Rescue crews have blasted holes in a stricken cruise ship in order to gain easier access as hopes fade of finding survivors among the 29 people missing.
Six people are known to have died after the Costa Concordia crashed into rocks off Italy's west coast on Friday night.
The ship's owners have blamed the captain for Friday's crash, saying he changed course towards an island.
Capt Francesco Schettino has been detained on suspicion of manslaughter and is due to appear shortly in court.
Capt Schettino, 52, has also been accused of abandoning his vessel before all the passengers had been evacuated.
He is to answer questions from a magistrate who will decide if he is to remain in custody.
Italy says it will declare a state of emergency over the incident, and provide funding to help avert any environmental disaster.
The Italian environment minister said liquid was leaking from the ship, but it was unclear if it was fuel.
Meanwhile, Italian officials have denied a newspaper report that a seventh body had been found overnight on the vessel.
Captain 'in difficult position'
Shortly after daybreak on Tuesday rescue crews blasted several holes in the ship, now lying on its side metres from Giglio island, off the Tuscan coast, in order to gain access to areas they have not been able to search.
Italian coastguard officials said the number of people believed to be missing had jumped to 29 from the previous estimate of 16, but gave no reason for the change.
The missing are thought to include four crew members, as well as passengers from the US, Germany, France and Italy.
On Monday, the Costa Concordia's owners, Costa Cruises, said Capt Schettino hit the rocks because he deliberately steered the ship towards Giglio Island.
Prosecutors also claim that he was responsible for the disaster. They say the captain wanted to make a close pass of Giglio in order to "salute" a crew member's family who live there.
"The captain is in a very difficult position because we are sure enough that he abandoned the ship when many passengers were still waiting to be evacuated," said prosecutor Francesco Verusio.
A transcript purportedly of conversations between the captain and the coastguard has emerged in the Italian media - apparently drawn from one of the ship's black box recorders - which appears to corroborate the claims that the captain left the ship before all the passengers escaped.
Capt Schettino has denied wrongdoing and says the rocks were not on his charts. He has insisted that he and his crew were the last people to leave the vessel.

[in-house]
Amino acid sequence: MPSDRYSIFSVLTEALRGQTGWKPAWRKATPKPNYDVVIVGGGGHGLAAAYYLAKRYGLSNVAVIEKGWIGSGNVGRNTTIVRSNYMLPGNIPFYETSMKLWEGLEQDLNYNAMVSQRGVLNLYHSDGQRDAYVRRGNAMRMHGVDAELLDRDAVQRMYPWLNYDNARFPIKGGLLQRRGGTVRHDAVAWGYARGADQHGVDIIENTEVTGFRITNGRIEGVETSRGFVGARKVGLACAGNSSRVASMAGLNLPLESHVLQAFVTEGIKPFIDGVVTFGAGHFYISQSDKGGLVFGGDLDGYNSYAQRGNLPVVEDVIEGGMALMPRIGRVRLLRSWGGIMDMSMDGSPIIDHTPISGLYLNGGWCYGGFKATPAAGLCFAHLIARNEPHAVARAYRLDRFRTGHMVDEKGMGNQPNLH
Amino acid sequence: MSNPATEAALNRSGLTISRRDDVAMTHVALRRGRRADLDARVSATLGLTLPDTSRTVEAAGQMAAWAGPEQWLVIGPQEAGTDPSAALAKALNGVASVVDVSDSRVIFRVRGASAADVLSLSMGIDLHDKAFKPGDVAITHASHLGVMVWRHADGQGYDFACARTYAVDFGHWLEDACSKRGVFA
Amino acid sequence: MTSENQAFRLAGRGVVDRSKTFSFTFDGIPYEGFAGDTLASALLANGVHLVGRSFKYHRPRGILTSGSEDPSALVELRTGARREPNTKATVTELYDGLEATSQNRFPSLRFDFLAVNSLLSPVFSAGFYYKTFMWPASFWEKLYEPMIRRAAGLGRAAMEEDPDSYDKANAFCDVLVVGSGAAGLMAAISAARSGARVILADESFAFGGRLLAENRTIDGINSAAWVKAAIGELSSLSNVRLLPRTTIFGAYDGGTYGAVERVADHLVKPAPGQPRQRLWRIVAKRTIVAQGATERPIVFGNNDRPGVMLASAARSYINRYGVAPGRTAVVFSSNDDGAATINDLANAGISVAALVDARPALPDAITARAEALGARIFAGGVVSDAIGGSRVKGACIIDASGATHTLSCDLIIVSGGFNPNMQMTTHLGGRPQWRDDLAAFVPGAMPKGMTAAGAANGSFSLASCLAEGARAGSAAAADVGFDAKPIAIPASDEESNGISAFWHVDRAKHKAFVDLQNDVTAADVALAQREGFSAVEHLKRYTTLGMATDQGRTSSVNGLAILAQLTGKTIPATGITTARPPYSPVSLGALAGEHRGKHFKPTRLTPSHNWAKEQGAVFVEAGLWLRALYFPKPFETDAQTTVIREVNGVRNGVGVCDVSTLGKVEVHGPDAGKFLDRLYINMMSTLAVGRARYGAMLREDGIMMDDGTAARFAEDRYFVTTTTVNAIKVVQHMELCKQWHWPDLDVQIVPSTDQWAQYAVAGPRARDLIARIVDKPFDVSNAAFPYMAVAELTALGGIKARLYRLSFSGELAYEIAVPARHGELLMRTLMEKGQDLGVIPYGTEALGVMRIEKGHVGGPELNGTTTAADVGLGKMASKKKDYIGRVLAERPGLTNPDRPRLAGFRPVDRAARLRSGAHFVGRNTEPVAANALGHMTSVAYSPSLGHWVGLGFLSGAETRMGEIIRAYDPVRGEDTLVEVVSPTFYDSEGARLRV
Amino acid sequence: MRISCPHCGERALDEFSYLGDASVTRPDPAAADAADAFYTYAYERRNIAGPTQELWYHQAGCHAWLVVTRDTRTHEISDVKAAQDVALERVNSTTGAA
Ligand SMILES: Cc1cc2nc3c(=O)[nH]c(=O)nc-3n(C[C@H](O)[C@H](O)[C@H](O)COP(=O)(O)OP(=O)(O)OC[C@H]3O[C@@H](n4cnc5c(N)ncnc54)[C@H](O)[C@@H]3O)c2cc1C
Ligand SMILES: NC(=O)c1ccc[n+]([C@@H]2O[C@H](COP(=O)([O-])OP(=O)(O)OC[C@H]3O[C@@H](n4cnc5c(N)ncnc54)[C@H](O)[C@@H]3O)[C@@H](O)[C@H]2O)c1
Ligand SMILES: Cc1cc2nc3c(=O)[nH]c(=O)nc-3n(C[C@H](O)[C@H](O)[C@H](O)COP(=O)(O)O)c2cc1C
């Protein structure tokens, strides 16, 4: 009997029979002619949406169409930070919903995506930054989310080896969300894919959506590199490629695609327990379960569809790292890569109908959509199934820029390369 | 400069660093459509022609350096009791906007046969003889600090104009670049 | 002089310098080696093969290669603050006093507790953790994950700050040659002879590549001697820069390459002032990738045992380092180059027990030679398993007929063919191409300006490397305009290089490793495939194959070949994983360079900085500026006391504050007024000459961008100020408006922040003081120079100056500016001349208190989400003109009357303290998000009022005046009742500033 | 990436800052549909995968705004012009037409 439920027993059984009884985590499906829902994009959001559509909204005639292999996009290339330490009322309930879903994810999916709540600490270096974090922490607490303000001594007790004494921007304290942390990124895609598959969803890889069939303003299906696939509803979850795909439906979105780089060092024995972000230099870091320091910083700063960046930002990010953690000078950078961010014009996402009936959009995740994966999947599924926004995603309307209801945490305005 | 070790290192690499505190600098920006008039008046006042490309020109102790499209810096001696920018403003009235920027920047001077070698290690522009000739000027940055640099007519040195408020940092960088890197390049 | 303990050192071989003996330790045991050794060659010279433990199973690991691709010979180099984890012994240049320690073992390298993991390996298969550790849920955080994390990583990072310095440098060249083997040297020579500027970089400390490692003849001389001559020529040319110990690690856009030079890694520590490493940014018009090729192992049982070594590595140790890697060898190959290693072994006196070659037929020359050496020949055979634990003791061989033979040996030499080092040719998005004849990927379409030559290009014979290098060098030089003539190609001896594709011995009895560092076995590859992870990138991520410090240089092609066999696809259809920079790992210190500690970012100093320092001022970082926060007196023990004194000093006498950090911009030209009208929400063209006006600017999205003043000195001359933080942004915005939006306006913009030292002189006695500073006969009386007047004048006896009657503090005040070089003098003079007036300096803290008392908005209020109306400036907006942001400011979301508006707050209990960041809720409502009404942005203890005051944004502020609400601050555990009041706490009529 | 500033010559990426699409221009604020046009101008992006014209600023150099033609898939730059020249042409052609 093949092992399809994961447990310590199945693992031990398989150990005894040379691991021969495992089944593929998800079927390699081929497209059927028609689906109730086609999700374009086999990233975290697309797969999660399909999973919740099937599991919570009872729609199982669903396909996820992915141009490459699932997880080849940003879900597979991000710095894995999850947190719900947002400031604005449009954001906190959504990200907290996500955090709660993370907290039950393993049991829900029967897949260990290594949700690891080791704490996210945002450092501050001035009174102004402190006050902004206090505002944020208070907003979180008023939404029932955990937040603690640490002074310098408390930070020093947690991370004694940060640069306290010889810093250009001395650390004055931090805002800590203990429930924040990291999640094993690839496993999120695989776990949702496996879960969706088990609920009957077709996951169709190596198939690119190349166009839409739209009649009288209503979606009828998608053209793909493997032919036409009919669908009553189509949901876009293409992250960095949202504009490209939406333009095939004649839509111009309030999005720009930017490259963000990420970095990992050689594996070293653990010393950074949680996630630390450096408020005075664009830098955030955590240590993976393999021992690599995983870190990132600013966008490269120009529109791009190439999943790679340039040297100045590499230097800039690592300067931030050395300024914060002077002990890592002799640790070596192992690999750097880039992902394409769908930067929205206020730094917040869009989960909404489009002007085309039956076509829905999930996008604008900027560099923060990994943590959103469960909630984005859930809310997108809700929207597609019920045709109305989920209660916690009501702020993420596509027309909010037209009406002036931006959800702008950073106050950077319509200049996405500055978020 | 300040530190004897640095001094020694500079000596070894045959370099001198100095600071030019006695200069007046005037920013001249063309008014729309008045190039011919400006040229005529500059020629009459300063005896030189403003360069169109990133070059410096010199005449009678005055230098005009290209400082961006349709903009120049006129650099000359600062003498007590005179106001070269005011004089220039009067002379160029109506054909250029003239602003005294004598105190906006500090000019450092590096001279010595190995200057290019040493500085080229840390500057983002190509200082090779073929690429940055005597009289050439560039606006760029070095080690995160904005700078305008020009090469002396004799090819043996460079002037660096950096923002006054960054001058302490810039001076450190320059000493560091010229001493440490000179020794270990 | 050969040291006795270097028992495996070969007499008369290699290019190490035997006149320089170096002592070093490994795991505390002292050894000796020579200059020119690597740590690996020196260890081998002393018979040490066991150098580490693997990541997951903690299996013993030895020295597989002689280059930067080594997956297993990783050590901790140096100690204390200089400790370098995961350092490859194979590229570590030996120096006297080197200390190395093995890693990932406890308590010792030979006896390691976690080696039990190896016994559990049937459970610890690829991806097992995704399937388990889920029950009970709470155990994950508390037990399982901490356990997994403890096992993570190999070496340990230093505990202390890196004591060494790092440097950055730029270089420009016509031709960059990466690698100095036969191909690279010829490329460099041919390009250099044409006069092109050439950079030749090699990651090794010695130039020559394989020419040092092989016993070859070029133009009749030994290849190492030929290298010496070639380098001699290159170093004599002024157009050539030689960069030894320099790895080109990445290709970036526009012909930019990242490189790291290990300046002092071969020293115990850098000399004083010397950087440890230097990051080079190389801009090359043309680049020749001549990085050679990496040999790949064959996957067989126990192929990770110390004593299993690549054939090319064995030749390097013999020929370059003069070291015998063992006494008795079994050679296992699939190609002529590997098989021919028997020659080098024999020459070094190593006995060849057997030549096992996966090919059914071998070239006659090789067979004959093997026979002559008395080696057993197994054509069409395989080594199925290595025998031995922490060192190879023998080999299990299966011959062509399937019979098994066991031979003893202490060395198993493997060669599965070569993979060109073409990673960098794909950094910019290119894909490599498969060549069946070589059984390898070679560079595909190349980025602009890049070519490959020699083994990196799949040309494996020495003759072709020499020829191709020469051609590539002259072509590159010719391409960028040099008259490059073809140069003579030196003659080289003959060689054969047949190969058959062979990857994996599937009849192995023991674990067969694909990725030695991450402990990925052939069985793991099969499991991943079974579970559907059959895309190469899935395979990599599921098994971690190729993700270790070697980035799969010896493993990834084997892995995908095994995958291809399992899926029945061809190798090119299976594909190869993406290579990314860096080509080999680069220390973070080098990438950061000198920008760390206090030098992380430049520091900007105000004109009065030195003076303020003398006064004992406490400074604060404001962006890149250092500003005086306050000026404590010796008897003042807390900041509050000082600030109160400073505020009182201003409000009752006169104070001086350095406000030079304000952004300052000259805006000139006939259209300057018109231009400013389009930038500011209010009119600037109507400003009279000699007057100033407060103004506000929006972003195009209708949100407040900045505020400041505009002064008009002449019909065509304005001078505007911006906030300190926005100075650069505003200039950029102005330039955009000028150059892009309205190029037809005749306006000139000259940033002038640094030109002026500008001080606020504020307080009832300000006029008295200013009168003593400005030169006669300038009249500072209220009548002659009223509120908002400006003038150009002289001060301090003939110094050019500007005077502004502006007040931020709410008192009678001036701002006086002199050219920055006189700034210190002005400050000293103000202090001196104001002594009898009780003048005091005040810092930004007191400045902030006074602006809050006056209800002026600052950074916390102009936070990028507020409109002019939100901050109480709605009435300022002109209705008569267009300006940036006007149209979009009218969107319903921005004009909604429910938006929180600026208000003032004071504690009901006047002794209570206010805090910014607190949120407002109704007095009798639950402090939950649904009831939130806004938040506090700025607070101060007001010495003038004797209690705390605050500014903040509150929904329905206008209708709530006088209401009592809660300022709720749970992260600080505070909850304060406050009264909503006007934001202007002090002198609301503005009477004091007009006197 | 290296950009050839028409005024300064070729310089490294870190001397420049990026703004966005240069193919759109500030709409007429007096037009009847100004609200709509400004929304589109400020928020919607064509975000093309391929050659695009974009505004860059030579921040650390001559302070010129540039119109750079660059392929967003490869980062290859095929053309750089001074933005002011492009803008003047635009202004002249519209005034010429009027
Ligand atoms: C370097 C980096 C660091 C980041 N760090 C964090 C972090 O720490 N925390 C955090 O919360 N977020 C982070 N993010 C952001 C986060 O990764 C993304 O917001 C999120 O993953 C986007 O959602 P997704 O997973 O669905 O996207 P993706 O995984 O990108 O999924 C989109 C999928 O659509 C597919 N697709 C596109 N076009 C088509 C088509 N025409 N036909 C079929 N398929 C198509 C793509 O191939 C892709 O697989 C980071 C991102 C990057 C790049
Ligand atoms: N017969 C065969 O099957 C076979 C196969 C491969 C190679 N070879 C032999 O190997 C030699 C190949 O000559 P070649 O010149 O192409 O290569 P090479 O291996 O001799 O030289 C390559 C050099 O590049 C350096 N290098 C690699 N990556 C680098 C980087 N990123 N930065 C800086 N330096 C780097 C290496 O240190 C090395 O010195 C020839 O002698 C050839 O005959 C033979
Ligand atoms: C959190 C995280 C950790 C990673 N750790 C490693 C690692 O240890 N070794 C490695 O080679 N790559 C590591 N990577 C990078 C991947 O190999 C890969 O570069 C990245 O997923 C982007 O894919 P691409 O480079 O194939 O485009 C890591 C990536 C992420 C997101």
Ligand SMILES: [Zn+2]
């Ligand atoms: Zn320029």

His lawyer, Bruno Leporatti, said his client was "overcome and wants to express his greatest condolences to the victims", adding that the captain had carried out a dangerous manoeuvre that had actually saved lives.
The ship, carrying 4,200 passengers and crew, had its hull ripped through when it hit rocks late on Friday.
Some people were forced to swim for land as the angle of the ship made boarding lifeboats impossible.
Italian officials said 10 German passengers were among the missing, along with two Americans, six Italians, two French couples and a Peruvian.
Teams of specialist divers have been helping with the rescue mission, but they have been hampered by bad weather, which has been moving the ship in the water.
Rodolfo Raiteri, head of the coast guard's diving team, was quoted by news agency AFP as saying that conditions inside the vessel were "disastrous".
"It's very difficult. The corridors are cluttered and it's hard for the divers to swim through," he said.
Saturnino Soria, father of Peruvian Erika Soria, who was working as a waitress on the ship, insisted that the search operation should continue.
"I haven't received any precise information about her - nothing from yesterday or today - it seems the situation has become worse for my daughter," he said.
But the local mayor voiced hope of finding more people alive.
"You never know in the labyrinth of that ship. An air pocket could have allowed people to survive a few days," Sergio Ortelli was quoted by AFP as saying.
Meanwhile, the shipping newspaper Lloyd's List said it had been able to trace the course of the Concordia though information from satellites.
The paper issued a graphic comparing Friday's sailing with an earlier sailing by the liner, suggesting that Friday's route had deviated far from its usual course.
Worries are growing that the ship could cause an environmental disaster if it breaks up and sheds its fuel.
The vessel had just left the port of Civitavecchia, north of Rome, carrying roughly 2,300 tonnes of fuel for a week-long Mediterranean cruise when it crashed.
The area where the ship capsized is a maritime park famous for its pristine waters, varied marine life and coral.
Italian Environment Minister Corrado Clini said there was evidence that liquid was leaking from the ship, but he could not confirm whether the fluid was fuel.
He said the government would declare a state of emergency to release extra funding to help avoid a fuel spill causing an environmental disaster.
A man involved in the operation to remove fuel from the Costa Concordia told the BBC's Matthew Price that the ship was stable, and that some movement was normal.
He said there was no sign of fuel leaking and that they hoped to begin pumping oil from the ship by Thursday or Friday.